|Regions with significant populations|
|China (Fujian, Zhejiang, Jiangxi, Guangdong, Anhui)|
|Predominantly Shehua. A minuscule minority speak She in Zengcheng, Boluo County, Huidong County and Haifeng County in Guangdong Province.|
|She indigenous religion (She Wuism), Buddhism|
|Related ethnic groups|
|Yao, Miao, Hakka Han|
The She people (Chinese: 畲; Shehua: [sa];[missing tone] Cantonese: [sɛ̏ː], Fuzhou: [sia˥]) are an ethnic group in China. They form one of the 56 ethnic groups officially recognized by the People's Republic of China.
The She are the largest ethnic minority in Fujian, Zhejiang, and Jiangxi Provinces. They are also present in the provinces of Anhui and Guangdong. Some descendants of the She also exist amongst the Hakka minority in Taiwan.
Today, over 400,000 She people of Fujian, Zhejiang, and Jiangxi provinces speak Shehua, an unclassified Chinese variety that has been heavily influenced by Hakka Chinese.
There are approximately 1,200 She people in Guangdong province who speak a Hmong–Mien language called She, also called Ho Ne meaning "mountain people" (Chinese: 活聂; pinyin: huóniè). Some said they were descendants of Dongyi, Nanman or Yue peoples.
Shēhuà (畲话) should not be confused with Shēyǔ (畲语), also known as Ho Ne, which is a Hmong-Mien language spoken in east-central Guangdong. Shehua and Sheyu speakers have separate histories and identities, although both are officially classified by the Chinese government as She people. The Dongjia of Majiang County, Guizhou are also officially classified as She people, but speak a Western Hmongic language closely related to Chong'anjiang Miao (重安江苗语).
The She people are some of the earliest known settlers of Guangdong; they are thought to have originally settled along the shallow shore for easier fishing access during the Neolithic era. Eventually, after an influx of Yuet people moved south during the Warring States period, serious competition between the two peoples for resources developed.
From the time of the Qin dynasty on, waves of migrants from northern China have had a serious impact on the She people. Because they possessed superior tools and technology, these migrants were able to displace the She and occupy the better land for farming. As a result of this, some of the She were forced to relocate into the hilly areas of the Jiangxi and Fujian provinces.
Following this relocation, the She people became hillside farmers. Their methods of farming included burning grasses on the slope, casting rice seeds on those embers and then harvesting the produce following the growth season. Some of the She people also participated in the production and trade of salt, obtained from the evaporation of local pools of salt water.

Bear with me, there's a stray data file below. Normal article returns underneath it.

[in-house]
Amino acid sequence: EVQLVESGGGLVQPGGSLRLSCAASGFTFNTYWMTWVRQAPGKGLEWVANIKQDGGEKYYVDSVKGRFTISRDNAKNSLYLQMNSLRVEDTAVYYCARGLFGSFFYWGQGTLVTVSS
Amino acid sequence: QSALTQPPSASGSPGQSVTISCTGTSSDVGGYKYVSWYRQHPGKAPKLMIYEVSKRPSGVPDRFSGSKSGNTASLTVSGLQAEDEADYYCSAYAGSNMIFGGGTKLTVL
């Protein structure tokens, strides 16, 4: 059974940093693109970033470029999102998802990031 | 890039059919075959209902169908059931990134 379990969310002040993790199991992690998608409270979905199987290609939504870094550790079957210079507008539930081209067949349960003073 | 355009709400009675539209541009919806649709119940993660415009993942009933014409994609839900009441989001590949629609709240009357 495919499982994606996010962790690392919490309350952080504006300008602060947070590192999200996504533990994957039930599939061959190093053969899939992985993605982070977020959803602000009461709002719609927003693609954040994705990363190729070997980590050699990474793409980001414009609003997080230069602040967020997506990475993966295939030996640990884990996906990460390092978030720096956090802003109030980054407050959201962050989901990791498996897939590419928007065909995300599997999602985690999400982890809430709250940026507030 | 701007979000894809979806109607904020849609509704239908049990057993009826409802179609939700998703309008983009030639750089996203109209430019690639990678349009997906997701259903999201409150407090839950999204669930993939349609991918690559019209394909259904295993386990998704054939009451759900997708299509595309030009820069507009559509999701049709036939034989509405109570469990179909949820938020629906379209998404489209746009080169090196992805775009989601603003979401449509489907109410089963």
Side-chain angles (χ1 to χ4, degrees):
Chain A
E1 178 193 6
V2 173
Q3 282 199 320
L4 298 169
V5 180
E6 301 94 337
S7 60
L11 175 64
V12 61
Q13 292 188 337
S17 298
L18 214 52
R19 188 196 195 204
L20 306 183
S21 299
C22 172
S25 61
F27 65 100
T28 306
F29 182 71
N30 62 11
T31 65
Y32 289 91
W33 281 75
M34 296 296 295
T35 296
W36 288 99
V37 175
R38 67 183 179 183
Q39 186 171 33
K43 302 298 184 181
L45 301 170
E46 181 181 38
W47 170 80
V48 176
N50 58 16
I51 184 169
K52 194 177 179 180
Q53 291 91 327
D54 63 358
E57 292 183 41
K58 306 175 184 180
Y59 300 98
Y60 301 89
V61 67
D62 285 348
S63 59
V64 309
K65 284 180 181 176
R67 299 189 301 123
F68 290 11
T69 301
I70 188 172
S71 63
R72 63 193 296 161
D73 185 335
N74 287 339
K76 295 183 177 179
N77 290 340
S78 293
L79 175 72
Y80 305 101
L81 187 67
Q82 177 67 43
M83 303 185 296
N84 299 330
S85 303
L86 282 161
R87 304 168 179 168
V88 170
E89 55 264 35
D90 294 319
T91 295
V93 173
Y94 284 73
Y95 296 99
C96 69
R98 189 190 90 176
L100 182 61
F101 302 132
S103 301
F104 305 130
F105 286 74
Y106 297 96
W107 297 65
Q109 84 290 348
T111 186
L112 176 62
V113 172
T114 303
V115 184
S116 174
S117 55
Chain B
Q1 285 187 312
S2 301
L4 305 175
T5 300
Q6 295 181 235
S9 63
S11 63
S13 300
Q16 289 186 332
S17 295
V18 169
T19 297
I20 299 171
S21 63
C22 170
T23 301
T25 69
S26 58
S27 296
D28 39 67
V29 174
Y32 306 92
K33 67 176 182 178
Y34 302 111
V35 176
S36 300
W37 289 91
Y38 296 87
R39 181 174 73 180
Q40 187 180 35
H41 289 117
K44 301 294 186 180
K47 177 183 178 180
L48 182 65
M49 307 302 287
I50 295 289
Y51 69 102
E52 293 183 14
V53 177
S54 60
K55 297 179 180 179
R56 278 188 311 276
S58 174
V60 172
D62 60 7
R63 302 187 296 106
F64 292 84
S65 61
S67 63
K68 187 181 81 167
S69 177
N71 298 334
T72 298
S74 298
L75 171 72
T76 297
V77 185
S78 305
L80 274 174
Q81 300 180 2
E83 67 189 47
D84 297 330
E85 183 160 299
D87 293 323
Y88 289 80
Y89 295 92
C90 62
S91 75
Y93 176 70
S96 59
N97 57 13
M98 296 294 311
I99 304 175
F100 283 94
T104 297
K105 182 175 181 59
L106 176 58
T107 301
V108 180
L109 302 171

Many conflicts took place between the Han Chinese and She peoples. For example, in one incident, She salt producers on Lantau Island in Hong Kong attacked the city of Canton in a revolt during the Song dynasty.
During the Ming-Qing dynasties they moved into and settled Zhejiang's southern region and mountain districts in the Lower Yangtze region, after they left their homeland in Northern Fujian. It is theorized that the She were pushed out of their land by the Hakka, which caused them to move into Zhejiang.
The roughly 45,000 She living in Guizhou Province form a separate subgroup, the Dongjia (东家人; Dōngjiā Rén), who differ notably in culture from the She in other areas.
In a 2000 census, 709,592 She have been counted in China.
|Administrative division||Number of She||Percentage of all She in China|
Only values of 0.5% and greater have been considered.
|Province||Prefecture-level division||County-level division||Number of She||Relative percentage of all She in China|
|Guizhou||Qiandongnan Miao and Dong Autonomous Prefecture||Majiang County||35,422||4.99%|
|Zhejiang||Lishui||Jingning She Autonomous County||16,144||2.28%|
|Guizhou||Qiannan Buyei and Miao Autonomous Prefecture||Fuquan||4,022||0.57%|
|Rest of China||161,626||22.78%|
Both the She and the Tanka were quite assimilated into Han Chinese culture. The She had migrated north in the late Ming and Qing from the hills of northern Fujian into southern Zhejiang; some even moved into the Lower Yangtze mountain districts farther north.